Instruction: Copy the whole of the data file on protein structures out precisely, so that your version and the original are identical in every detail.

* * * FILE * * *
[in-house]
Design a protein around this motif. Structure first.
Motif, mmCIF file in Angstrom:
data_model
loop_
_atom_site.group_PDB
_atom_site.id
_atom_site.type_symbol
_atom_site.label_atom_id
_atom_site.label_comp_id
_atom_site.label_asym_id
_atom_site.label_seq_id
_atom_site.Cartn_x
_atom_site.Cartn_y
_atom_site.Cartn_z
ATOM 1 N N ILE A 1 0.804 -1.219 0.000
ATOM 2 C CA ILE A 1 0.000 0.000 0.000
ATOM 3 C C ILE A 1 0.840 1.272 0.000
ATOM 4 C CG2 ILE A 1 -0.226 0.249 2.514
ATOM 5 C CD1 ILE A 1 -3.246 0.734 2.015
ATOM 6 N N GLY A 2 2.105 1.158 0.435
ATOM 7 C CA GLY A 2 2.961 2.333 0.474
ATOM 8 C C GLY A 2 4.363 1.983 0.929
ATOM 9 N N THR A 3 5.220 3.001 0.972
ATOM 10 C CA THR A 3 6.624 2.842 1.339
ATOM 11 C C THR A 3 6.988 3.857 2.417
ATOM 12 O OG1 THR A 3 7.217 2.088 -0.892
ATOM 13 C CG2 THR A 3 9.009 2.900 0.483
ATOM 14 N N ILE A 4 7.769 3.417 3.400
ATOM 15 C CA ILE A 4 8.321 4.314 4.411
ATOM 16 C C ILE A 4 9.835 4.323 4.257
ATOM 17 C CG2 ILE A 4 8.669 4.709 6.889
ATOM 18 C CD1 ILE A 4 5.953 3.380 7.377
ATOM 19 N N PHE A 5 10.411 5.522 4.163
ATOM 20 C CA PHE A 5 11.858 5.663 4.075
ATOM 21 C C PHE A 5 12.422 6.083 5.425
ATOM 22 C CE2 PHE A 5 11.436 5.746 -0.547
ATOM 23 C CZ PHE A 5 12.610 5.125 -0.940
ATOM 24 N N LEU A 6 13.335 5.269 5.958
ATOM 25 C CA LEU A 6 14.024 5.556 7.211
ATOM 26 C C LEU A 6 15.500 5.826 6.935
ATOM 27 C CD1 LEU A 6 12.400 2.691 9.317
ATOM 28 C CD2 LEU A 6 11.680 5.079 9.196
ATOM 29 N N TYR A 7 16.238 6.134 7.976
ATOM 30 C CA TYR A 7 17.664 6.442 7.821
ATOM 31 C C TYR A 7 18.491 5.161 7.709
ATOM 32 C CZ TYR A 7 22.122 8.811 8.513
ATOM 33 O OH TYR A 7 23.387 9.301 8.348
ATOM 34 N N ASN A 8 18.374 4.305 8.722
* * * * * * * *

[in-house]
Design a protein around this motif. Structure first.
Motif, mmCIF file in Angstrom:
data_model
loop_
_atom_site.group_PDB
_atom_site.id
_atom_site.type_symbol
_atom_site.label_atom_id
_atom_site.label_comp_id
_atom_site.label_asym_id
_atom_site.label_seq_id
_atom_site.Cartn_x
_atom_site.Cartn_y
_atom_site.Cartn_z
ATOM 1 N N ILE A 1 0.804 -1.219 0.000
ATOM 2 C CA ILE A 1 0.000 0.000 0.000
ATOM 3 C C ILE A 1 0.840 1.272 0.000
ATOM 4 C CG2 ILE A 1 -0.226 0.249 2.514
ATOM 5 C CD1 ILE A 1 -3.246 0.734 2.015
ATOM 6 N N GLY A 2 2.105 1.158 0.435
ATOM 7 C CA GLY A 2 2.961 2.333 0.474
ATOM 8 C C GLY A 2 4.363 1.983 0.929
ATOM 9 N N THR A 3 5.220 3.001 0.972
ATOM 10 C CA THR A 3 6.624 2.842 1.339
ATOM 11 C C THR A 3 6.988 3.857 2.417
ATOM 12 O OG1 THR A 3 7.217 2.088 -0.892
ATOM 13 C CG2 THR A 3 9.009 2.900 0.483
ATOM 14 N N ILE A 4 7.769 3.417 3.400
ATOM 15 C CA ILE A 4 8.321 4.314 4.411
ATOM 16 C C ILE A 4 9.835 4.323 4.257
ATOM 17 C CG2 ILE A 4 8.669 4.709 6.889
ATOM 18 C CD1 ILE A 4 5.953 3.380 7.377
ATOM 19 N N PHE A 5 10.411 5.522 4.163
ATOM 20 C CA PHE A 5 11.858 5.663 4.075
ATOM 21 C C PHE A 5 12.422 6.083 5.425
ATOM 22 C CE2 PHE A 5 11.436 5.746 -0.547
ATOM 23 C CZ PHE A 5 12.610 5.125 -0.940
ATOM 24 N N LEU A 6 13.335 5.269 5.958
ATOM 25 C CA LEU A 6 14.024 5.556 7.211
ATOM 26 C C LEU A 6 15.500 5.826 6.935
ATOM 27 C CD1 LEU A 6 12.400 2.691 9.317
ATOM 28 C CD2 LEU A 6 11.680 5.079 9.196
ATOM 29 N N TYR A 7 16.238 6.134 7.976
ATOM 30 C CA TYR A 7 17.664 6.442 7.821
ATOM 31 C C TYR A 7 18.491 5.161 7.709
ATOM 32 C CZ TYR A 7 22.122 8.811 8.513
ATOM 33 O OH TYR A 7 23.387 9.301 8.348
ATOM 34 N N ASN A 8 18.374 4.305 8.722